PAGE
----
Report proposes moving Warriors from Mt Smart to help pay rugby stadium's debts
League fans are being asked to bail out Eden Park, which is cash-strapped and weighed down by debt in the wake of the Rugby World Cup's euphoria.
The cup's legacy is a 50,000-seat stadium $55 million in debt and struggling to break even and the plan is to move the Warriors from Mt Smart Stadium to Eden Park.
Based on this year's figures, about 96,000 league fans could pour through the gates for eight home games at Eden Park from 2014.
The proposed move is part of a review of Auckland stadiums that focuses strongly on saving money and pays little attention to the effect on the sporting codes and their fans.
A "strategic direction" for the city's big stadiums proposes that Eden Park becomes the primary venue for rugby, league, one-day and 20/20 cricket matches.
Other pieces of the jigsaw involve moving speedway to Mt Smart Stadium to free up Western Springs for test cricket.
Mt Smart Stadium would be used as a training base for league, a high-performance centre and remain the home of athletics.
North Harbour Stadium - which got a $1 million ratepayer subsidy in the past year - would continue to be used by North Harbour Rugby, New Zealand Soccer and for local uses.
Warriors patriarch Sir Peter Leitch said the fans were happy with Mt Smart Stadium and a move to Eden Park with the 50,000-seat capacity ground three-quarters or half empty would create a horrible atmosphere.
"When you think of Eden Park you think rugby union. Think Mt Smart Stadium and you think rugby league. That's the reality," Sir Peter said.
He said the council, which found $10 million for the V8 Supercars, only needed to spend a bit of money to upgrade Mt Smart Stadium.
Warriors chief executive Wayne Scurrah has expressed similar concerns to the Herald on Sunday, saying league fans struggled to create an atmosphere at Eden Park.
A lack of atmosphere with small crowds at midweek matches for the ITM competition is one reason Auckland Rugby is exploring the possibility of moving one match from Eden Park to Trusts Stadium at Henderson next year.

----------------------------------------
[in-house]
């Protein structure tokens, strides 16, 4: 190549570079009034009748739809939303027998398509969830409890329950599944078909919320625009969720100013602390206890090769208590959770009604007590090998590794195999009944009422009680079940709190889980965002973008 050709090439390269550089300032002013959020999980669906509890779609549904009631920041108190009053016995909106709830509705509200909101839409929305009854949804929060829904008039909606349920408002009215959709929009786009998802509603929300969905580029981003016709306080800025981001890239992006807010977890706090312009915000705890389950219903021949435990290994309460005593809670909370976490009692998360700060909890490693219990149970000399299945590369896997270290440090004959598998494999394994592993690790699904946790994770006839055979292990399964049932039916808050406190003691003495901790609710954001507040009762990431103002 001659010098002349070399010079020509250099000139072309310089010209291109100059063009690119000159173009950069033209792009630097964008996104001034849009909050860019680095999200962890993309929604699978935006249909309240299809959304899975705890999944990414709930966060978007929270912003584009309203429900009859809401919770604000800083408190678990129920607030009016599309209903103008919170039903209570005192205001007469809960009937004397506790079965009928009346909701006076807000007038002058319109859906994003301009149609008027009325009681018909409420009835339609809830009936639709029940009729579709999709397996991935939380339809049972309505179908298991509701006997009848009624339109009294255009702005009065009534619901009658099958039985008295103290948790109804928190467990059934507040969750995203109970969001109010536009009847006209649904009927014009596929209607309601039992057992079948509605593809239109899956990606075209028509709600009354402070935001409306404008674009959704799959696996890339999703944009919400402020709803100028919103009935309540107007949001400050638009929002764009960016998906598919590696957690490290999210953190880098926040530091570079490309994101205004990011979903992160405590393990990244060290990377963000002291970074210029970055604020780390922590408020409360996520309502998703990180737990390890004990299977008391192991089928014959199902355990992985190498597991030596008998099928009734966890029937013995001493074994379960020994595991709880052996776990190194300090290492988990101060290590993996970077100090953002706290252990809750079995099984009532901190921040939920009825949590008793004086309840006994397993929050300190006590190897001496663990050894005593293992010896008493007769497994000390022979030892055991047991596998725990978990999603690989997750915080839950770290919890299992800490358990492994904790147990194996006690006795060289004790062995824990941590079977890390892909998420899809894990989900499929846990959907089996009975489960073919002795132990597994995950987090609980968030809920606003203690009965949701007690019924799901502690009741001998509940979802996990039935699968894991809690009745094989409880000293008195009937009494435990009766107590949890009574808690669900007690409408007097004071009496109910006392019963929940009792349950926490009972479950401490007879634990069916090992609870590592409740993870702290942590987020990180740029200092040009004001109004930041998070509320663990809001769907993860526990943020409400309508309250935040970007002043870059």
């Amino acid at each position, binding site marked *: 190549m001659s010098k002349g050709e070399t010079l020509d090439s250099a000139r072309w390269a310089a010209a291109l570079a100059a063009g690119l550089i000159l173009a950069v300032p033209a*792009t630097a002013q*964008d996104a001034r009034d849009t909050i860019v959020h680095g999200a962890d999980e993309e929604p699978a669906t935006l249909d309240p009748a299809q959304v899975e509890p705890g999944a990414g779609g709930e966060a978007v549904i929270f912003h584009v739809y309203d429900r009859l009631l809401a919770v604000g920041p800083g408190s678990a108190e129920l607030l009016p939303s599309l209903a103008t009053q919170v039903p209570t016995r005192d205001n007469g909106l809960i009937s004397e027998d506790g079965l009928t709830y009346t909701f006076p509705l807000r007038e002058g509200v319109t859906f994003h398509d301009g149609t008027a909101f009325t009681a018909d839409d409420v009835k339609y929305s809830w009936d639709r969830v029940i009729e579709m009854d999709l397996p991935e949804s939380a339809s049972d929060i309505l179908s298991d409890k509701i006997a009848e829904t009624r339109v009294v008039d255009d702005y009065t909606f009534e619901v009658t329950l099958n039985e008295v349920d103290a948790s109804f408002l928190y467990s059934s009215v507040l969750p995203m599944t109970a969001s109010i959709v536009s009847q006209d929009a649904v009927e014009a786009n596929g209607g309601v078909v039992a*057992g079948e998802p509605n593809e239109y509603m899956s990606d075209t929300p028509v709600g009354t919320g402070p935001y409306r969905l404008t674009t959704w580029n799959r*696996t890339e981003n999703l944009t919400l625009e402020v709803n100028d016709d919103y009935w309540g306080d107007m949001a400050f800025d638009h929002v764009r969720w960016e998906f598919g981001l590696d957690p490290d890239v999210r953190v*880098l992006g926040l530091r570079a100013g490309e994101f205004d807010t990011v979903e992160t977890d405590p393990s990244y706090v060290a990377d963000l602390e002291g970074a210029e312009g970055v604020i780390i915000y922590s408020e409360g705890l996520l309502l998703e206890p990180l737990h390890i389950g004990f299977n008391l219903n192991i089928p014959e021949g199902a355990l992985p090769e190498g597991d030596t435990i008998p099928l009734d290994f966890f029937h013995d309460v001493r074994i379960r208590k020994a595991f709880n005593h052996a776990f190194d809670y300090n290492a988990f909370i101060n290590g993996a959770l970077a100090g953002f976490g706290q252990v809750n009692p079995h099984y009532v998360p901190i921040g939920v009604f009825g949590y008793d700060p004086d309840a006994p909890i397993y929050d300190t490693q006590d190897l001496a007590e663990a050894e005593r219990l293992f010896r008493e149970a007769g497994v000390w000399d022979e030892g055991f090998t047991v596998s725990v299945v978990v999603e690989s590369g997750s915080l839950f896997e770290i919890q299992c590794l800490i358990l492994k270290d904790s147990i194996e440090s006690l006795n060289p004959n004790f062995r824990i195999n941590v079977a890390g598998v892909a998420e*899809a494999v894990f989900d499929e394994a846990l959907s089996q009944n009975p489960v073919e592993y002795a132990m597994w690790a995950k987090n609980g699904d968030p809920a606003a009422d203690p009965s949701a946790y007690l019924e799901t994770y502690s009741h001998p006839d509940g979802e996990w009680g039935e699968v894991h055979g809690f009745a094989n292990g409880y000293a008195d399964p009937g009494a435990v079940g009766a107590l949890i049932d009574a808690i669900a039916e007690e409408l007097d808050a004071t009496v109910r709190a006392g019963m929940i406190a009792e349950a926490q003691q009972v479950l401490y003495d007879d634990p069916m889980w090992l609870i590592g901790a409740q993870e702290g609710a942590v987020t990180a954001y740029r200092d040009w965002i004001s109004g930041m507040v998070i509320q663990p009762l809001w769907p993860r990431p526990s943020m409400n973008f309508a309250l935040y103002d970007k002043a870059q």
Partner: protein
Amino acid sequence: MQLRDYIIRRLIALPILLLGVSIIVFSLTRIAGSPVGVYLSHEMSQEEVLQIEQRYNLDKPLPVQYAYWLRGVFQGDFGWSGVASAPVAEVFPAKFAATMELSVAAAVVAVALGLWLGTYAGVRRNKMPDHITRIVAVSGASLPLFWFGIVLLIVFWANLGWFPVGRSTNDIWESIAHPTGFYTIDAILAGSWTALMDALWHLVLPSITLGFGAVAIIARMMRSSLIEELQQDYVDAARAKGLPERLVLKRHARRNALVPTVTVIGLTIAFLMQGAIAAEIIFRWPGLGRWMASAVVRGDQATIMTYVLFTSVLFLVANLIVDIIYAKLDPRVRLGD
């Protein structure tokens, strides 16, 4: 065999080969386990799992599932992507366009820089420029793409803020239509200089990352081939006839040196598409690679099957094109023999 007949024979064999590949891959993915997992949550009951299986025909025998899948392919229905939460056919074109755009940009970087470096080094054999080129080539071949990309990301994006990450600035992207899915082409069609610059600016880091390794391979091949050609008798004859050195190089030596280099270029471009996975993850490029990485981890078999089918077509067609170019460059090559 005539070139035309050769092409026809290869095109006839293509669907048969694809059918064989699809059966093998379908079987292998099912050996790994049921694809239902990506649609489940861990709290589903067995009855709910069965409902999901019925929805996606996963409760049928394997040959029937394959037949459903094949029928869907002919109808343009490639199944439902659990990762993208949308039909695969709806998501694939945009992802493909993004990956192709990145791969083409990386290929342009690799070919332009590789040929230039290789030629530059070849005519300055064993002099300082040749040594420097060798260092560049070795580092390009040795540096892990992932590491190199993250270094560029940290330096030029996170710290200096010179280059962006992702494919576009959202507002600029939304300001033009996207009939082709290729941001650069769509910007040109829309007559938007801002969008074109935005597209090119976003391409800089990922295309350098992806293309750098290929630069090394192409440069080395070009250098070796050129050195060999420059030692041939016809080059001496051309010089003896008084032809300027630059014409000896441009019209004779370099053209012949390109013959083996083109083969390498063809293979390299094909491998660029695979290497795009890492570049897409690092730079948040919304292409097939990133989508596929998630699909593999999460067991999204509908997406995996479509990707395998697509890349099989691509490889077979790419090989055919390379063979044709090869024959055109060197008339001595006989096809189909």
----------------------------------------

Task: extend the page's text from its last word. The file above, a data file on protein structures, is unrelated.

A report going to the council today says moving the Warriors to Eden Park offsets the needs to spend up to $60 million upgrading Mt Smart Stadium and helps the "lack of financial sustainability" at Eden Park.
Integrating the management and operations of the stadiums is one cost-saving option, but no firm work has been done on the likely savings.
The overall plan is expected to reduce council funding requirements, create opportunities for Eden Park to pay down debts of $55 million and strengthen the overall financial position of the region's stadiums.
Of this debt, Auckland ratepayers underwrote the final $40 million of the $256 million upgrade for the Rugby World Cup and are owed $6.5 million from an earlier loan.
Council officers - who warned at the time of the $40 million underwrite in 2010 that the trust board's business plan might not work and posed significant risk - said Eden Park was only managing to break even and faced difficult choices to meet its financial obligations.
Eden Park chief executive David Kennedy said the park was able to run the stadium, pay rates and pay interest on the debt, but could not generate enough money to pay down the debt or fund future investment.
One option is to tear up the number two ground and turn it into a bus interchange, taxi ranks, carparks or develop it for residential or commercial use.
This option, however, is at odds with Auckland Cricket, which uses the number two ground for domestic cricket and is holding the first test match in Auckland since 2004 between the Black Caps and England next year inside the main Eden Park stadium.
Auckland Cricket chief executive Mark Cameron said the sport was happy at Eden Park - "it has been our home and history for over 100 years" - and was set to resume domestic cricket after the reinstatement of the number two ground.
"We are not seeking to relocate from Eden Park."